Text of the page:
I'm reading 32 of these a day, to finish by year end, and have been struck by the Solomonic wisdom they convey (about 200 years after Solomon...), and how appropos many are to character, relationship, and leadership. Take these, for example:
The Three Oxen and the Lion
There were three oxen who always grazed together. A lion had his designs upon them and wanted to eat them, but he could never get at one of them because they were always together. So he set them against each other with slanderous talk and managed to get them separated, whereupon they were isolated and he was able to eat them one after the other.
If you really want to live in safety, keep close to your friends, retain your confidence in them and challenge your enemies.
The House-ferret and the File
A house-ferret slipped into a blacksmith's workshop and began to lick the file that she found there. Now it happened that using her tongue thus, the blood flowed from it. But she was delighted, imagining that she had extracted something from the iron. And in the end she lost her tongue.
This fable is aimed at people who pick arguments with others, thereby doing harm to themselves.
The Ploughman and the Snake Who Had Killed His Son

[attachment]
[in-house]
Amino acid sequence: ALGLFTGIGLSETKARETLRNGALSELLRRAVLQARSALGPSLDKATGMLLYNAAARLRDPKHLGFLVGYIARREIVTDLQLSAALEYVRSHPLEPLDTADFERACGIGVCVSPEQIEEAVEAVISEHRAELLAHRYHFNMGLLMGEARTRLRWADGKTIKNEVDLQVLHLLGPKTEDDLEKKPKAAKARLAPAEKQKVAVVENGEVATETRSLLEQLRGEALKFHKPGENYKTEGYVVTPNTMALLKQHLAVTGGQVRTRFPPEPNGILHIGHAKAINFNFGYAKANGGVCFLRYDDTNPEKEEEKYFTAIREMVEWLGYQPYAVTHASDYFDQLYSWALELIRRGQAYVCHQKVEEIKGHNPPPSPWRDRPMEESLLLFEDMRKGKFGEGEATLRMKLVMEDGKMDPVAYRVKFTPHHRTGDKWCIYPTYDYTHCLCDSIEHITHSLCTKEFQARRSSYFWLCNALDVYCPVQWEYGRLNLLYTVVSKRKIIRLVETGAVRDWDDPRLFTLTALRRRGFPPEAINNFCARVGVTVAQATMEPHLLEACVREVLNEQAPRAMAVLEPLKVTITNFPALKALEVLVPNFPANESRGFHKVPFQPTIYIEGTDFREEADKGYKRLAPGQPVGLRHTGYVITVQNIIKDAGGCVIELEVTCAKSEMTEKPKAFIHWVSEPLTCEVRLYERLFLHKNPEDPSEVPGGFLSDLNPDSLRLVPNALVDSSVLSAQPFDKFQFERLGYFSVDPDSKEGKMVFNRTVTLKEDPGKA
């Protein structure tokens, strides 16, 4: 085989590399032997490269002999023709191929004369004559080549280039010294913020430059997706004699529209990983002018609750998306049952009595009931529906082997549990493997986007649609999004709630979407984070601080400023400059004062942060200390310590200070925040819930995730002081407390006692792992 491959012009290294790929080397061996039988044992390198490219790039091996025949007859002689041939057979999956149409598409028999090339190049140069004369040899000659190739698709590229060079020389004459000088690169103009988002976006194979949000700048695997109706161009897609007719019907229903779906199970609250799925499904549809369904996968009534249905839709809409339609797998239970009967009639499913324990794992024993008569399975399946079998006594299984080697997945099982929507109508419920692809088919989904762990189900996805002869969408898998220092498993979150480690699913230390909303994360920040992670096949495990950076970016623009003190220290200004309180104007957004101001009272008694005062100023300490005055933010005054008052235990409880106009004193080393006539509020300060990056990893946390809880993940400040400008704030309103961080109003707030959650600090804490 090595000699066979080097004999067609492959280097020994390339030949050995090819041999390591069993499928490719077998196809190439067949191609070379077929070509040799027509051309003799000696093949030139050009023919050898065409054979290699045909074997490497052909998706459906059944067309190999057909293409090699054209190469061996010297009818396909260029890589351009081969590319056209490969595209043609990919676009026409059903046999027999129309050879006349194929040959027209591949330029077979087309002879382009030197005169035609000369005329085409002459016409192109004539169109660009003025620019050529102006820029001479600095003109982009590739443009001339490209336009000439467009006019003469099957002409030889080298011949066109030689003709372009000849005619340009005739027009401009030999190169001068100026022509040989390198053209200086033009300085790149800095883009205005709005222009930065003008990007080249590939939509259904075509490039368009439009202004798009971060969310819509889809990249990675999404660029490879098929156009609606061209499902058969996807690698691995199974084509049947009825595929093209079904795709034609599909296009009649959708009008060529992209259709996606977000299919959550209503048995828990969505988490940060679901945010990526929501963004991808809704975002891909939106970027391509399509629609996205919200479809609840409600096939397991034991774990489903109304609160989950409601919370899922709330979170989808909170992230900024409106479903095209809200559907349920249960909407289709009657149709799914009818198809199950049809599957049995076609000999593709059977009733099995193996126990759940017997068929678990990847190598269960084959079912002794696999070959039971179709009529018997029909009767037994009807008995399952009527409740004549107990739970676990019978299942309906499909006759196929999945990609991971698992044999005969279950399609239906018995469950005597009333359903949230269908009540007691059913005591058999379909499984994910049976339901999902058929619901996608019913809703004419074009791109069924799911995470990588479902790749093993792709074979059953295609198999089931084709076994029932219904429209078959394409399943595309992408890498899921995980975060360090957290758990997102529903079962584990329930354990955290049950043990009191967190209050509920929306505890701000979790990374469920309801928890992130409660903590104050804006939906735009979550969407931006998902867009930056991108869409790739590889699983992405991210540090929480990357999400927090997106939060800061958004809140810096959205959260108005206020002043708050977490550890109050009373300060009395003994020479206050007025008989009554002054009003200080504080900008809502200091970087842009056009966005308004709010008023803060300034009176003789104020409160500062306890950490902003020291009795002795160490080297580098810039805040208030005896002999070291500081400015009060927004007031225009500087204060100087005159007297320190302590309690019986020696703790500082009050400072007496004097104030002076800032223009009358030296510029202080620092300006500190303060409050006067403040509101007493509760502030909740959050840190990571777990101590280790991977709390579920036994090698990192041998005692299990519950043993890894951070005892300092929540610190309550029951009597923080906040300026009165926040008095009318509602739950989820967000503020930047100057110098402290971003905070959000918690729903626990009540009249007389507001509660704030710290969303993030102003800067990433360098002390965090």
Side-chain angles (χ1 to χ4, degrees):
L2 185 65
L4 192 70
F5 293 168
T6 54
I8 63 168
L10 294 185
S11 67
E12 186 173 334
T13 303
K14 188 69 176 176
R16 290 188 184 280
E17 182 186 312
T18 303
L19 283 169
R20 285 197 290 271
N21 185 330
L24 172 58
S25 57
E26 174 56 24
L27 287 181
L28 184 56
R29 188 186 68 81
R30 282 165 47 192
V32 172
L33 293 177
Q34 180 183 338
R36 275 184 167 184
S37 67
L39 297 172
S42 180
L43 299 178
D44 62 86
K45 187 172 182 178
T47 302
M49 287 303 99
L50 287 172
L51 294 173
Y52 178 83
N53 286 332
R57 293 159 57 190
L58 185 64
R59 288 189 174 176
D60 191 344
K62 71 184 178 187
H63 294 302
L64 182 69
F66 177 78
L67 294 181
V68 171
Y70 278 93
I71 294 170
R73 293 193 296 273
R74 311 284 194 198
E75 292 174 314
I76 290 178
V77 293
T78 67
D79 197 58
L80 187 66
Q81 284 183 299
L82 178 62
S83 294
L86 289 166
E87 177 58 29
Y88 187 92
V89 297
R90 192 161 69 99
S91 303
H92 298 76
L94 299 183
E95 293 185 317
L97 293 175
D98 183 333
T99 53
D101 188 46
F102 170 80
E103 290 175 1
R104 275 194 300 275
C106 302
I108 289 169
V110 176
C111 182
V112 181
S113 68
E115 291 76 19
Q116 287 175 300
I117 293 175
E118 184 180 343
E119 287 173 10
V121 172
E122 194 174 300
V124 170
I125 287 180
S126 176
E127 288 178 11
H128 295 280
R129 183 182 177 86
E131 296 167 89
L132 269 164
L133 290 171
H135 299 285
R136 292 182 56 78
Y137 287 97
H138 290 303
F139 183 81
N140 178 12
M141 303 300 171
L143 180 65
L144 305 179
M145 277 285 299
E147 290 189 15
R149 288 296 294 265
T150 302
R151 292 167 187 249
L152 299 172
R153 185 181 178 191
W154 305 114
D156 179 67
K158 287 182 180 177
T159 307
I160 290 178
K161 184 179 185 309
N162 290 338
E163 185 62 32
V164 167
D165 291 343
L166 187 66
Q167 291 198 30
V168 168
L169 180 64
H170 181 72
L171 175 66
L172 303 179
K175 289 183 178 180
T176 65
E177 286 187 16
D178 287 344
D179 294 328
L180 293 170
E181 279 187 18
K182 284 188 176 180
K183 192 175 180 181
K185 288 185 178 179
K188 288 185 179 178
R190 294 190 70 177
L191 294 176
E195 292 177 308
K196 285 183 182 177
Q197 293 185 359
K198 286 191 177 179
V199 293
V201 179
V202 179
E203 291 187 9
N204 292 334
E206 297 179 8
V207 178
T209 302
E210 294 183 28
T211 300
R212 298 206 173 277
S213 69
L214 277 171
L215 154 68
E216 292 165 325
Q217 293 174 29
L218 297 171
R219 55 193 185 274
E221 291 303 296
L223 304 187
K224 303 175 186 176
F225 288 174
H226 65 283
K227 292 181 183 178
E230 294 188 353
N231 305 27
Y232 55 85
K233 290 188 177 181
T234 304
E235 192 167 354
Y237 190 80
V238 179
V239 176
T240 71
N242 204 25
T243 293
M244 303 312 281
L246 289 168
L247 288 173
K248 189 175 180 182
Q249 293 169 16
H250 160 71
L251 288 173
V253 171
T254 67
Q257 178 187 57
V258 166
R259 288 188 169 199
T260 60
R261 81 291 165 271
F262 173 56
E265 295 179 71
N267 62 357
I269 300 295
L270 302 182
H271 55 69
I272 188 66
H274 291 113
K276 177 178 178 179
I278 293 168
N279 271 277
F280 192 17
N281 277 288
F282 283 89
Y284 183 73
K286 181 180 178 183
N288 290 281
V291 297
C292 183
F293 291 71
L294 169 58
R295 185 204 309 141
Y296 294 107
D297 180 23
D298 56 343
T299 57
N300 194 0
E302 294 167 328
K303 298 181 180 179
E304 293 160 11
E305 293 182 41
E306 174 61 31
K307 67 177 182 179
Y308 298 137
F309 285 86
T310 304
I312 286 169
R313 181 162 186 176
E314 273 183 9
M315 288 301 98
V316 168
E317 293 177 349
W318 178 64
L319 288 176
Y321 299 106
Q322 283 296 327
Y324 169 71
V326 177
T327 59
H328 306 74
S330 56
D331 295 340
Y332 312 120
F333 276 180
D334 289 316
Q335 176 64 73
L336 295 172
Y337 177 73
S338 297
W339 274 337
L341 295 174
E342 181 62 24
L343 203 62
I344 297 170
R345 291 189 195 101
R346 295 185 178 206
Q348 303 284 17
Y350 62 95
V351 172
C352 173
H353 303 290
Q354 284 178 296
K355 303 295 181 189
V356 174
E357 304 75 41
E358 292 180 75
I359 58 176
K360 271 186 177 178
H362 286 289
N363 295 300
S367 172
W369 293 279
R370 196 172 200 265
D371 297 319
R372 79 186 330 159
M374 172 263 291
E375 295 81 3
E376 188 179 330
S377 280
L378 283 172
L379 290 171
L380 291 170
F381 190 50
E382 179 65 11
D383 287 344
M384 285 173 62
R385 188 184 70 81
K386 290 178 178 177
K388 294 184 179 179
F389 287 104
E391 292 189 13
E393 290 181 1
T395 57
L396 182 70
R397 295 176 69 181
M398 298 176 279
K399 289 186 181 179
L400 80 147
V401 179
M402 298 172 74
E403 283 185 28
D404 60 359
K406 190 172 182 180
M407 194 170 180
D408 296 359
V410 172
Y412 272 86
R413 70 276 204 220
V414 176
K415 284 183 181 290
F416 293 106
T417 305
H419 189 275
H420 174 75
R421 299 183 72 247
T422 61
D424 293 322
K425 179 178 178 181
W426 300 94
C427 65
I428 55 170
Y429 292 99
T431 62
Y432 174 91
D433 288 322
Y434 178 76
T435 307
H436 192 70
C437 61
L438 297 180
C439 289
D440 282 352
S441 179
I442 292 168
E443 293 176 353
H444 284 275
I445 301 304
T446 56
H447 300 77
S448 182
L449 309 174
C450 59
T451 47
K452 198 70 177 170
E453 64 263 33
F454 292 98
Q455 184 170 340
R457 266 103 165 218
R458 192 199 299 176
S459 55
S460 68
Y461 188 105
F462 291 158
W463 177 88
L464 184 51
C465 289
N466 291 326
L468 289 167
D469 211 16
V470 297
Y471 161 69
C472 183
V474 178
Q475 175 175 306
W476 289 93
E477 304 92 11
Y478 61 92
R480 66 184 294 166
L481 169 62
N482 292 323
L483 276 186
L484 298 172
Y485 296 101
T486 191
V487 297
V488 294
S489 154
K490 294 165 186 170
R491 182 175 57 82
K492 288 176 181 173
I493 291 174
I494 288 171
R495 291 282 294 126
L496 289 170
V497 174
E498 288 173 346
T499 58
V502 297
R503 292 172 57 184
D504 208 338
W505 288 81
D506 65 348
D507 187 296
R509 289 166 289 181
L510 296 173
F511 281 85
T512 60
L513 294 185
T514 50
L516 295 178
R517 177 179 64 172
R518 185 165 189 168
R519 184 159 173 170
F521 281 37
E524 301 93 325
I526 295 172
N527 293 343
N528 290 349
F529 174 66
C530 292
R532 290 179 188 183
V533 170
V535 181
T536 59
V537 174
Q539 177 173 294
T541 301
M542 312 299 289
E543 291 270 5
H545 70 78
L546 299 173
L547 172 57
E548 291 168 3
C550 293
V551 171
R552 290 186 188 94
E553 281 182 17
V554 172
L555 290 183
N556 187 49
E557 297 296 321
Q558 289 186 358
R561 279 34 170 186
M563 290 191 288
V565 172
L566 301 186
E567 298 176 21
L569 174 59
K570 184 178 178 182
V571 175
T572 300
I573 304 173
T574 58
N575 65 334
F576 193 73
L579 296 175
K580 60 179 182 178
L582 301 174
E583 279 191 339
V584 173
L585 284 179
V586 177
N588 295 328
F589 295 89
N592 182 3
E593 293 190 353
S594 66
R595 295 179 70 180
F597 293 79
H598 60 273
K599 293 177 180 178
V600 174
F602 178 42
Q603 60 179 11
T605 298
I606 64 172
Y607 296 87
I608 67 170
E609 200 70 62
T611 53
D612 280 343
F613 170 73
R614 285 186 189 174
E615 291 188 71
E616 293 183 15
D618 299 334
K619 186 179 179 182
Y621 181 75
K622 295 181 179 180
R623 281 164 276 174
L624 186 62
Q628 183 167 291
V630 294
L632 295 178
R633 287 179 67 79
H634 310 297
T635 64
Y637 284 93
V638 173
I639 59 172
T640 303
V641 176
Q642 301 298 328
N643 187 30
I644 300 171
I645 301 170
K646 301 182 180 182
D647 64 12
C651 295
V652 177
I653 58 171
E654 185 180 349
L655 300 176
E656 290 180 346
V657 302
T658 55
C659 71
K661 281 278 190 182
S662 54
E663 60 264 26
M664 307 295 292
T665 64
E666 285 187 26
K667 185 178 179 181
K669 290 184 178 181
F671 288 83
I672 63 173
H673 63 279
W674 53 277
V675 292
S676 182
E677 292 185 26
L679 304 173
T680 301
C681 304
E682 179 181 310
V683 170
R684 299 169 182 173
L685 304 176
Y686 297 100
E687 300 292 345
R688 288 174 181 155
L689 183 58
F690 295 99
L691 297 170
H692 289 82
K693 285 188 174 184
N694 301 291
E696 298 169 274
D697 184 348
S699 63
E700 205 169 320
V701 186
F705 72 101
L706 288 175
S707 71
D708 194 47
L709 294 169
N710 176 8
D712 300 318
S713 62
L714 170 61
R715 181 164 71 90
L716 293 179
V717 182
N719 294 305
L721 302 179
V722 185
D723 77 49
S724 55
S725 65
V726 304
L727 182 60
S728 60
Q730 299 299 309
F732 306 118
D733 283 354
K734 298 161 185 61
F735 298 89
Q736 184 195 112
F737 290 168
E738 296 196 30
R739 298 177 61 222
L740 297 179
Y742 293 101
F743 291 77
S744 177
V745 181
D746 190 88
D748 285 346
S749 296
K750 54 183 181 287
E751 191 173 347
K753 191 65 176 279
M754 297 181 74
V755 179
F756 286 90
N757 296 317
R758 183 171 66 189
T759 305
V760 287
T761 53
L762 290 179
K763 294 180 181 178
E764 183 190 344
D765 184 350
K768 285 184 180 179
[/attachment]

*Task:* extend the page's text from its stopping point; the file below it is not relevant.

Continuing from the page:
A snake slid up to the child of a ploughman and killed it. The ploughman, demented with grief, took an axe and went to keep watch near the snake's hole. He was ready to strike it the moment it came out. The snake poked his head out and the labourer hurled his axe but missed, and instead split a nearby rock in two. Having missed, he was in great fear that the snake would take his revenge on this attack by striking him with his fangs. So he attempted to appease it. But the snake replied: 'Neither of us can pretend to any good feelings, neither I when I see the gouge you have made in the rock, nor you when you look at the tomb of your child.'
This fable shows that great hatred does not lend itself to reconciliation.
The Dolphins, the Whales and the Gudgeon
Some dolphins and some whales were engaged in battle. As the fight went on and became desperate, a gudgeon [small fish] poked his head above the surface of the water and tried to reconcile them. But one of the dolphins retorted: 'It is less humiliating for us to fight to the death between ourselves than to have you for a mediator.'
Similarly, certain nobodies think they are somebody when they interfere in a public row.